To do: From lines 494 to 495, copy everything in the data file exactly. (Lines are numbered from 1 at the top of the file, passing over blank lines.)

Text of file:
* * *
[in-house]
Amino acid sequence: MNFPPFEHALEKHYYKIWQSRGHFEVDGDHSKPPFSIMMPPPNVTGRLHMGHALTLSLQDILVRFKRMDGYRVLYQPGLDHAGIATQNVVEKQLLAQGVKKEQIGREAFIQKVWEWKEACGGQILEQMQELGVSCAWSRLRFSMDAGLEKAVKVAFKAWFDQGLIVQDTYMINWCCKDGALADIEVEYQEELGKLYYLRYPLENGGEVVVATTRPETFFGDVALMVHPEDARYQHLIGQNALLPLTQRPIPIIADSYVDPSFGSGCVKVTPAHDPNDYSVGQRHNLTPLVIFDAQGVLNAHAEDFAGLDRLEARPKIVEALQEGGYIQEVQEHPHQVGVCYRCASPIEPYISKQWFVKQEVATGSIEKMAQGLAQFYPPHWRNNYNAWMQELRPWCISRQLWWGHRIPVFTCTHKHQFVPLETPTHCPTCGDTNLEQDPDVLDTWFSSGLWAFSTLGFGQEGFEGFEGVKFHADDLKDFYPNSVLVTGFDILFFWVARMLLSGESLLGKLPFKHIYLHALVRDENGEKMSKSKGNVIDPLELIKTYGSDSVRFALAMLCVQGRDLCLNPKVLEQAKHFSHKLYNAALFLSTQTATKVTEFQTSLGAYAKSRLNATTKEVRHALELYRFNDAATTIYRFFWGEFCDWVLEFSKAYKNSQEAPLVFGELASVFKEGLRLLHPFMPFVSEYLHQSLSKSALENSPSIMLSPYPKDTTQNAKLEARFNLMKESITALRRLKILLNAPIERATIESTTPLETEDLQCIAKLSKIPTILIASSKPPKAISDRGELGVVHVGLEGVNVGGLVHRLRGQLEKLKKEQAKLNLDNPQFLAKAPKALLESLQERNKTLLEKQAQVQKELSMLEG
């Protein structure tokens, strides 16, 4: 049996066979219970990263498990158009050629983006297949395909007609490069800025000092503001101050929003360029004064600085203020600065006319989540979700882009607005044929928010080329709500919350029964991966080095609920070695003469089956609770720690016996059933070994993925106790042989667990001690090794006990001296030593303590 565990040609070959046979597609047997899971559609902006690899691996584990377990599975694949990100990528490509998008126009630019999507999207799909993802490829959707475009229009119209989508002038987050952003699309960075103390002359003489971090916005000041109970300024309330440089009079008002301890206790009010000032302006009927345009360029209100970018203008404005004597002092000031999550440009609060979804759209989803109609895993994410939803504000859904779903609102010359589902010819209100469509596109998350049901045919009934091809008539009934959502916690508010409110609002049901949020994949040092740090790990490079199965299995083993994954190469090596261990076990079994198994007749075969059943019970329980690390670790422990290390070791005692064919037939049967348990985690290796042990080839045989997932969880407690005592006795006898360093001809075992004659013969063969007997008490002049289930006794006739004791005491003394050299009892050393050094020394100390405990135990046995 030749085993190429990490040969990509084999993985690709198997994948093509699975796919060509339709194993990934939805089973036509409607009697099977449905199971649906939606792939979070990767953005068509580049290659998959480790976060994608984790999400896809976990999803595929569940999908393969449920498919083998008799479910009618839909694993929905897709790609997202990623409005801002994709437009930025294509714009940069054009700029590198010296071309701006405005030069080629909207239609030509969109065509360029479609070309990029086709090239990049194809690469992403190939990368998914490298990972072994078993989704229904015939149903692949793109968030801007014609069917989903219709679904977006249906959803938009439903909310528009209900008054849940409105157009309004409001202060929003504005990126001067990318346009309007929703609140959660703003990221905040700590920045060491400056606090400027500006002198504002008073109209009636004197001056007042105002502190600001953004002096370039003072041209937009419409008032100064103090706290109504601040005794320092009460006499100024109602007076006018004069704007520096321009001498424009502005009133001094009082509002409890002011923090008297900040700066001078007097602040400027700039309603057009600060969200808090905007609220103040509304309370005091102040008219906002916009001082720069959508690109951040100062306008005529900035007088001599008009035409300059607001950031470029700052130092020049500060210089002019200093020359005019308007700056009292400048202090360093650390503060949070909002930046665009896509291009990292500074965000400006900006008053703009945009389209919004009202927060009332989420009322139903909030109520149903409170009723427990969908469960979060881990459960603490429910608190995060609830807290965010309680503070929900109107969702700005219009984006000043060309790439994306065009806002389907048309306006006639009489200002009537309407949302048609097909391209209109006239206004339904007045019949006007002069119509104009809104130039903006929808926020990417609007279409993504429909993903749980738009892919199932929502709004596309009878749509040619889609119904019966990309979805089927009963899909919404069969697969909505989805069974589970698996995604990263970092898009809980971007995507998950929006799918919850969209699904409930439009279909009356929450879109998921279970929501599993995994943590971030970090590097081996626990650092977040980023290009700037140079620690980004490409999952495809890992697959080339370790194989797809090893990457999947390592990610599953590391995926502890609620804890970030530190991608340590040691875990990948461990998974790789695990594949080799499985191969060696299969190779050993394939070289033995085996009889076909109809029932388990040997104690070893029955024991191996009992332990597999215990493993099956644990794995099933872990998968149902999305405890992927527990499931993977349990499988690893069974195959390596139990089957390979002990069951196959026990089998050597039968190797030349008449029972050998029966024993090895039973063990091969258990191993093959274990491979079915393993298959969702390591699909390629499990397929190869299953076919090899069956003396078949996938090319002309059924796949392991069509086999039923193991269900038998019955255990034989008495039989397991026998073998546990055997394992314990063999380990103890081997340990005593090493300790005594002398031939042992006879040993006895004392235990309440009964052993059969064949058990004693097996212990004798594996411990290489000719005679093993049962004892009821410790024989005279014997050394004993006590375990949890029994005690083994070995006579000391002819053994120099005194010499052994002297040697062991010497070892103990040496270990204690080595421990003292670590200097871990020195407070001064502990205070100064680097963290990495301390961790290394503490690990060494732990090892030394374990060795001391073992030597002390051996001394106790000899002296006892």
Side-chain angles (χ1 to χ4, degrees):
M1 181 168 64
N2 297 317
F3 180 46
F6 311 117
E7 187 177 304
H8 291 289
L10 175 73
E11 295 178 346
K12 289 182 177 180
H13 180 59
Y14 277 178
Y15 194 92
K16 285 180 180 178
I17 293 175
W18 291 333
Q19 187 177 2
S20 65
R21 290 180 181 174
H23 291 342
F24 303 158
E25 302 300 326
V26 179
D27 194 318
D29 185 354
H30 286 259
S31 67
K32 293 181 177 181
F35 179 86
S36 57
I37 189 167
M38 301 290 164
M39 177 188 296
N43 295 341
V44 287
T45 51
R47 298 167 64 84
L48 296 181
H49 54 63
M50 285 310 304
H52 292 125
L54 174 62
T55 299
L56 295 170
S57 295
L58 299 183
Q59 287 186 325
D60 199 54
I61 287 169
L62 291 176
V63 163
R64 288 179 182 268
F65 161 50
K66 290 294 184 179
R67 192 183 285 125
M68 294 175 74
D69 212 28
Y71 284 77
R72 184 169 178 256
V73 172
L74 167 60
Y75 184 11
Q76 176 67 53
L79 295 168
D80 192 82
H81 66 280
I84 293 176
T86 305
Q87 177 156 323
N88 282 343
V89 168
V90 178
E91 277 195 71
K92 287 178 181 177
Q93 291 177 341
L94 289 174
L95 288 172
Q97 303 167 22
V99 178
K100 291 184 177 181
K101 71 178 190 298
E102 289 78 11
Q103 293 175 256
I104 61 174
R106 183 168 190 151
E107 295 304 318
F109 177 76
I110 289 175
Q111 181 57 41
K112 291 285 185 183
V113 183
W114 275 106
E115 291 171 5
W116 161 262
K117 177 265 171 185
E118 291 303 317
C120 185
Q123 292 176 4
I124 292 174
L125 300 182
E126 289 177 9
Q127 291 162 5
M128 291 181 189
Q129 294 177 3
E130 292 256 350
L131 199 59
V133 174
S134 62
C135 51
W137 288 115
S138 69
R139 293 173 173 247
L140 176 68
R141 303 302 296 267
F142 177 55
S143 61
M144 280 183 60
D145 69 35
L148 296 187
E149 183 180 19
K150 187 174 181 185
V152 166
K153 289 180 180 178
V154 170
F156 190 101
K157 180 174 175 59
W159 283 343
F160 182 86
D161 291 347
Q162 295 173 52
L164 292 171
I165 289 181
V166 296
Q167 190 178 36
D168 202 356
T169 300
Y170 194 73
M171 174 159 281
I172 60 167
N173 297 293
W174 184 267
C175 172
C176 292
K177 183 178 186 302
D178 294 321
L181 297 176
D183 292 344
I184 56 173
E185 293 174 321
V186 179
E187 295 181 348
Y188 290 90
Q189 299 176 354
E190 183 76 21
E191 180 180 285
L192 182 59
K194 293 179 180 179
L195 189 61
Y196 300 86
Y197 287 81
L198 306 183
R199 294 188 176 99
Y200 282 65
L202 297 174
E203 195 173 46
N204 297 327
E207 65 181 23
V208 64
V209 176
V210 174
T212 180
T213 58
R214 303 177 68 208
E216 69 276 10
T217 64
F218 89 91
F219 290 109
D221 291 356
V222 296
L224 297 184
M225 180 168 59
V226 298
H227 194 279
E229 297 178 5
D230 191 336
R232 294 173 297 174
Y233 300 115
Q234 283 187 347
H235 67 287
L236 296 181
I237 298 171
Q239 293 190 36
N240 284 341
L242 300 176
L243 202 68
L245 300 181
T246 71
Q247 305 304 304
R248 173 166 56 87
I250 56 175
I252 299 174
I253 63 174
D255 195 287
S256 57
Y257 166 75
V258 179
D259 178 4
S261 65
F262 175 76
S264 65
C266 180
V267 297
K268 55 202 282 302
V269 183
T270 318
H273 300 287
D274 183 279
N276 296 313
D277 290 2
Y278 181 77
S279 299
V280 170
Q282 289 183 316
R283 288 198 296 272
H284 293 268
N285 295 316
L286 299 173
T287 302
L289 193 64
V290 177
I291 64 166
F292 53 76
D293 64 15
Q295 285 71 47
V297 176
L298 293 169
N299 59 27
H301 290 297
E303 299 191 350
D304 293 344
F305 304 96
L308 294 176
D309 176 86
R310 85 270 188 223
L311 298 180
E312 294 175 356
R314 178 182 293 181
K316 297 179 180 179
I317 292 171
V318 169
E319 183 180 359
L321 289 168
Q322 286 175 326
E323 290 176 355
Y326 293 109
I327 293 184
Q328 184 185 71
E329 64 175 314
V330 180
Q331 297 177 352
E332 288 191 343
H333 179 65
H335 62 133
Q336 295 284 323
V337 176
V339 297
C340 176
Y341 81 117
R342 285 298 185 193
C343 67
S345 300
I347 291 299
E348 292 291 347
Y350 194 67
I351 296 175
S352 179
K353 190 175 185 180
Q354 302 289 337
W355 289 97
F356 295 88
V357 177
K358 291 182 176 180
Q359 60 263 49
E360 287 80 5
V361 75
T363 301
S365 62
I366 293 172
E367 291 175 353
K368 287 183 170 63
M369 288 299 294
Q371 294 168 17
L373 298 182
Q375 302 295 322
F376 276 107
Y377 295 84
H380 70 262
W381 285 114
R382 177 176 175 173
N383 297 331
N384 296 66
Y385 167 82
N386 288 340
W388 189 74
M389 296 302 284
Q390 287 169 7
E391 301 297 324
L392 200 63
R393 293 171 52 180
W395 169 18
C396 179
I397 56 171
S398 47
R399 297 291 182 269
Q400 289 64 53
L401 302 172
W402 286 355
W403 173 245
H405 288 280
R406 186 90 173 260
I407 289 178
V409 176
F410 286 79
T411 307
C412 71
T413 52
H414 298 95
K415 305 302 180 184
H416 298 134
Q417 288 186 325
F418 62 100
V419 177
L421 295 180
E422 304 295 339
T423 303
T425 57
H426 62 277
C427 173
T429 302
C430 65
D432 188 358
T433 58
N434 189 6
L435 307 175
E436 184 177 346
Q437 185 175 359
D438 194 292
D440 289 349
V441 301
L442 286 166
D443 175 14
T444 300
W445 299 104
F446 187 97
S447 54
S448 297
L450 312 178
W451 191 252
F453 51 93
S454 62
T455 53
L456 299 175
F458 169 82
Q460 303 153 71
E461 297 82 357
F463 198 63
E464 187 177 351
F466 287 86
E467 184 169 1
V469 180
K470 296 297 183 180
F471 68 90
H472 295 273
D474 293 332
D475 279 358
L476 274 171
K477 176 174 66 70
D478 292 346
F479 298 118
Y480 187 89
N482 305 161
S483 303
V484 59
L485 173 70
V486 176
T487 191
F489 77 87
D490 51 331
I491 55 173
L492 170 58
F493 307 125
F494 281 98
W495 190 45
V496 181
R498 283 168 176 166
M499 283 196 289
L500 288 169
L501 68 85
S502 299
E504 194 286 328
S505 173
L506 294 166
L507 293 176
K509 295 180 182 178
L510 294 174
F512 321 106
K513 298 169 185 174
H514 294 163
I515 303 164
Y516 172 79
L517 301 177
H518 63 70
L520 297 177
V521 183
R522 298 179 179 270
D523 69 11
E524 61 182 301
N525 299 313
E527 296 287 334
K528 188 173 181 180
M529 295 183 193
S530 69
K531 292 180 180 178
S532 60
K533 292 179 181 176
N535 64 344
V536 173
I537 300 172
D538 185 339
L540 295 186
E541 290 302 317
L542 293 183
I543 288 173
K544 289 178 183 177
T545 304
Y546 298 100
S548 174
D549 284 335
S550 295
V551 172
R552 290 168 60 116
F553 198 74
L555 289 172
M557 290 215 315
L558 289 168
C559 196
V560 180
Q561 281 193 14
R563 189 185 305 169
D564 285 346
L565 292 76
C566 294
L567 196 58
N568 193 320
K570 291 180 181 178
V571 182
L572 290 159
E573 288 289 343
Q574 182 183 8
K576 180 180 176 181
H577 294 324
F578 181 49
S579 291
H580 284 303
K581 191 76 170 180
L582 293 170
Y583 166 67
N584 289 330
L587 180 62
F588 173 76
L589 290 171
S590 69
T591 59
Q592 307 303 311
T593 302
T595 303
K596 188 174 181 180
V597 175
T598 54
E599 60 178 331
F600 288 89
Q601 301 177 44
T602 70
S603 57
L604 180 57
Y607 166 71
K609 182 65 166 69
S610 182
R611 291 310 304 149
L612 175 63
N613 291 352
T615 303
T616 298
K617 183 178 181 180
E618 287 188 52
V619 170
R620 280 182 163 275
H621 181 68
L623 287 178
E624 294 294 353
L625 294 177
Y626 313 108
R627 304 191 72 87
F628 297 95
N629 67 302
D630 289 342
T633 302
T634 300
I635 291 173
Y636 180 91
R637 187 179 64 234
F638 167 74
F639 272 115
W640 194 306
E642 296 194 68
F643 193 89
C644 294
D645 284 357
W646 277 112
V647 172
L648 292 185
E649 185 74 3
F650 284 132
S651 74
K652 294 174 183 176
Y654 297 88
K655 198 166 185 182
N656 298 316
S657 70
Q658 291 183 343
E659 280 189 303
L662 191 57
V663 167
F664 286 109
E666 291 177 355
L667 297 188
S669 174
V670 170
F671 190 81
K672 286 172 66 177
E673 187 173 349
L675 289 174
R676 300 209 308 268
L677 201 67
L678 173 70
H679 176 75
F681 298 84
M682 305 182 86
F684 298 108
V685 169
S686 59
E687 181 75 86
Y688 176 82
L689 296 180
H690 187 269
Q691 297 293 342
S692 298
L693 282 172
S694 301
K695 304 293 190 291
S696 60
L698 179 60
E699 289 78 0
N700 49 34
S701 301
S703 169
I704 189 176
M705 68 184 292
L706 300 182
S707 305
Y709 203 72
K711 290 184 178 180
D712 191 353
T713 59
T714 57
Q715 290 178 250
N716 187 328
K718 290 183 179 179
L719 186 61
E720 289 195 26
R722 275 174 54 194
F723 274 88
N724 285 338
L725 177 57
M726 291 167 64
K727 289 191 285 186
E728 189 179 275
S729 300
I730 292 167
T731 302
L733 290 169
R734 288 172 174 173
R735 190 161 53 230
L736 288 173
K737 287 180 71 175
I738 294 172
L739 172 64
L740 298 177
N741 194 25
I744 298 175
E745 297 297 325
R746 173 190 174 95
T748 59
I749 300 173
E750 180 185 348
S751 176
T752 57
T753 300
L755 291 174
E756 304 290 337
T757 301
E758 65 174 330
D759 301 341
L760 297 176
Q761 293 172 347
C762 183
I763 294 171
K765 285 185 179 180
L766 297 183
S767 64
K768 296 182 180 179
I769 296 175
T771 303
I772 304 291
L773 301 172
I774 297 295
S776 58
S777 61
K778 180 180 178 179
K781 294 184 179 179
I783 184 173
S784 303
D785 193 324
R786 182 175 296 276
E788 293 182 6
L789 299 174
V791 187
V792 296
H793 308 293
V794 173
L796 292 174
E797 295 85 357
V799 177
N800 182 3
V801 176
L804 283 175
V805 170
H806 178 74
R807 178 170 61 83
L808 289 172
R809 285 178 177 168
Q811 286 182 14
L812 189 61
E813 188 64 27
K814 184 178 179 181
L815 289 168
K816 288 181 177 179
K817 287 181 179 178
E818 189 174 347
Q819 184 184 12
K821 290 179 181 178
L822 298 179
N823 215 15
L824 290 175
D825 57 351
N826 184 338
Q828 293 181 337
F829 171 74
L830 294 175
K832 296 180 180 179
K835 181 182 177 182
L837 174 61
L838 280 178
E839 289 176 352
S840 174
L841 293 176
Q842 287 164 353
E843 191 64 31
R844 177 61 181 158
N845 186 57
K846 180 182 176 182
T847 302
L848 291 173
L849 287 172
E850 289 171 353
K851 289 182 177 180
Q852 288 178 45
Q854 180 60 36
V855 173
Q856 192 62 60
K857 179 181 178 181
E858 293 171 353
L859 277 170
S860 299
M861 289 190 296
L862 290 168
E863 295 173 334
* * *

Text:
N613 291 352
T615 303